Understanding the Costs:
While participating in programs like this one may seem more appealing than losing $1,000 of your own money, it can become costly in the long run. Monthly fees add up, and after a few months, you might find it to be an expensive way to learn.
Cost-Effective Alternatives for Learning
Exploring Cost-Effective Alternatives:
If you're planning to use Topstep for five months, you'll end up paying $1,000. On the other hand, you can access a simulation account for free through platforms like Ninja Trader or Tradovate, which won't cost you a cent. You might argue that the risks aren't the same or that the lure of real money isn't there, as you tend to make profits in simulation but lose when using real capital.
The Importance of Treating Simulations Seriously:
However, it's crucial to approach your simulation account as if it were real money. Not taking it seriously can lead to trouble, especially when you eventually have real capital at stake. Your approach to simulation should mimic how you'd trade with real money, including setting stop losses and managing risk.
Cost-Effective Trading Options:
If you examine the rates, you'll find that Topstep and similar firms may not offer the most cost-effective options. Platforms like Ninja Trader or Tradovate allow you to trade micro contracts, such as the MES or MNQ. The intraday margin for one MES contract is $50, and you can open an account with as little as $400. For a micro NASDAQ contract, it costs $100.
Understanding Intraday Trading:
Keep in mind that the intraday margin rates mean you can only trade during the day and can't hold positions overnight, similar to the rules of many funding companies. If you're comfortable with intraday trading and need real market exposure, these platforms can provide a more hands-on learning experience compared to traditional simulation accounts or other funding programs.
Exploring Trading Platforms and Emphasizing Risk Management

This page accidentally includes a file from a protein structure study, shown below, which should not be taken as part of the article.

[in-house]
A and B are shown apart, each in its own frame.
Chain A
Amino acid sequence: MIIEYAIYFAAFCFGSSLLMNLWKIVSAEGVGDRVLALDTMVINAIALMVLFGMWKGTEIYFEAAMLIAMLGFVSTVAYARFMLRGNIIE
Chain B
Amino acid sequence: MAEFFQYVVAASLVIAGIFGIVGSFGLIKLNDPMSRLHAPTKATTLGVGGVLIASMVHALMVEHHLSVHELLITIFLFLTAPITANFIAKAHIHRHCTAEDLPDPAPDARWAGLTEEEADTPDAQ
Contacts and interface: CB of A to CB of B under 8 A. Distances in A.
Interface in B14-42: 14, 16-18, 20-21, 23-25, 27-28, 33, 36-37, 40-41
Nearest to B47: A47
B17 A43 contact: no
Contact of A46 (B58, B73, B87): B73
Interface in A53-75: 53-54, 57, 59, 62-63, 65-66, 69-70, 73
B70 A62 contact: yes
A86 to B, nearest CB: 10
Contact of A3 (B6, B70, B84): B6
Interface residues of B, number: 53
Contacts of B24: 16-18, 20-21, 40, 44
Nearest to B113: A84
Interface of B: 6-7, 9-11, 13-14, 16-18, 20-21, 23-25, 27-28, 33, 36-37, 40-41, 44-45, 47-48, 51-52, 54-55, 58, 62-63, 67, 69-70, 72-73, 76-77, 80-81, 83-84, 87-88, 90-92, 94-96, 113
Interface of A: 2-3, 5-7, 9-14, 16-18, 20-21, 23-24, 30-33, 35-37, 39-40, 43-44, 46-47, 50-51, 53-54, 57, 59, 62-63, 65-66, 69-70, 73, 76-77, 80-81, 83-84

Exploring Trading Platforms:
Let's compare the intraday margins for MES and MNQ contracts on different platforms. For MES on Tradovate, the intraday margin is $55, while MNQ costs $100. Ninja Trader offers a similar rate, with a slight advantage of $5 less for MES.
Consider Your Options:
Interestingly, Ninja Trader recently acquired Tradovate, so the dynamics in the industry may change. If you're looking to start trading, it might be advantageous to begin with one of these platforms. If you prefer using the same platforms that Topstep uses, you can open a Tradovate account and access a simulation account for free or trade with real money at a low cost.
Emphasizing Risk Management:
Regardless of the platform or funding program you choose, success in trading hinges on effective risk management. Just as you wouldn't succeed in real-life trading without it, the same principle applies here. You can set loss limits in Tradovate's security settings to manage your risk, and I can demonstrate how to do this in a demo article to help you avoid monthly fees.
If you're just starting out, using these platforms and their intraday margins can be much more cost-effective. Whether you're new to trading or experienced, it's essential to assess your readiness before committing to a Prop trading firm.